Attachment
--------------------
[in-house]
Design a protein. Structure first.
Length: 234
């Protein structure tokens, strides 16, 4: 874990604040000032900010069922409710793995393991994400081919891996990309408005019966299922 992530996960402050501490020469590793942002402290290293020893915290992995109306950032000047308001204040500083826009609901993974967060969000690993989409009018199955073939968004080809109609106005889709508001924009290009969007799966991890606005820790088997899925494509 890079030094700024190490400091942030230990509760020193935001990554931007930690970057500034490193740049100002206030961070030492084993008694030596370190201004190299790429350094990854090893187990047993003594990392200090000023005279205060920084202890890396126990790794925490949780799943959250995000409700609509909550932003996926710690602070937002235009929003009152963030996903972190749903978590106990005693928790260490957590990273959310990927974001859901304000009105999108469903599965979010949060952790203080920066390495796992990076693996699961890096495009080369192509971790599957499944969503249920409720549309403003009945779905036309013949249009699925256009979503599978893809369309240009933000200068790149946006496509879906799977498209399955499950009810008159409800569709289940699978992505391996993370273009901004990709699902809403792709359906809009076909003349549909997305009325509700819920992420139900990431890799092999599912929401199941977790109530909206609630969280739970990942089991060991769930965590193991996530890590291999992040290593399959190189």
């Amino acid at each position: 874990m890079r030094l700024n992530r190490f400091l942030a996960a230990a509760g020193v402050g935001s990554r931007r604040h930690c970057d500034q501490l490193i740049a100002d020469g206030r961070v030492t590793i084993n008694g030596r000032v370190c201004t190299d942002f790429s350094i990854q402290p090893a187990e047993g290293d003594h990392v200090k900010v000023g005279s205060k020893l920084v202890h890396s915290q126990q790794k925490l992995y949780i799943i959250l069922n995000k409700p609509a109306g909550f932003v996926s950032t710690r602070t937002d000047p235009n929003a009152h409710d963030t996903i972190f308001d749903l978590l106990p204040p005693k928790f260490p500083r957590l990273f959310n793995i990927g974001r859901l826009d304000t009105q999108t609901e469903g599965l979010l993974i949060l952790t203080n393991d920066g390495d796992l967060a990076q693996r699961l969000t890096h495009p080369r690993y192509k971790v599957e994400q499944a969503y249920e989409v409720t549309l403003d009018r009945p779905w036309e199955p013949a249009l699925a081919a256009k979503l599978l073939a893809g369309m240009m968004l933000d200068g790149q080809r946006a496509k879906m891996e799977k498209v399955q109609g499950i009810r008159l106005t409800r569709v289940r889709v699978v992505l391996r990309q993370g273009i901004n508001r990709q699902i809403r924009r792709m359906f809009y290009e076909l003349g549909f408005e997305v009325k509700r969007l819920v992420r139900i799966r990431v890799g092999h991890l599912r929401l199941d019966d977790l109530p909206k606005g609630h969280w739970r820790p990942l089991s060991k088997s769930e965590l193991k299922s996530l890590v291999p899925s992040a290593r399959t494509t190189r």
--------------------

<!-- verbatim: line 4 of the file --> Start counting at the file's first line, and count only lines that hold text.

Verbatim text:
């Protein structure tokens, strides 16, 4: 874990604040000032900010069922409710793995393991994400081919891996990309408005019966299922 992530996960402050501490020469590793942002402290290293020893915290992995109306950032000047308001204040500083826009609901993974967060969000690993989409009018199955073939968004080809109609106005889709508001924009290009969007799966991890606005820790088997899925494509 890079030094700024190490400091942030230990509760020193935001990554931007930690970057500034490193740049100002206030961070030492084993008694030596370190201004190299790429350094990854090893187990047993003594990392200090000023005279205060920084202890890396126990790794925490949780799943959250995000409700609509909550932003996926710690602070937002235009929003009152963030996903972190749903978590106990005693928790260490957590990273959310990927974001859901304000009105999108469903599965979010949060952790203080920066390495796992990076693996699961890096495009080369192509971790599957499944969503249920409720549309403003009945779905036309013949249009699925256009979503599978893809369309240009933000200068790149946006496509879906799977498209399955499950009810008159409800569709289940699978992505391996993370273009901004990709699902809403792709359906809009076909003349549909997305009325509700819920992420139900990431890799092999599912929401199941977790109530909206609630969280739970990942089991060991769930965590193991996530890590291999992040290593399959190189």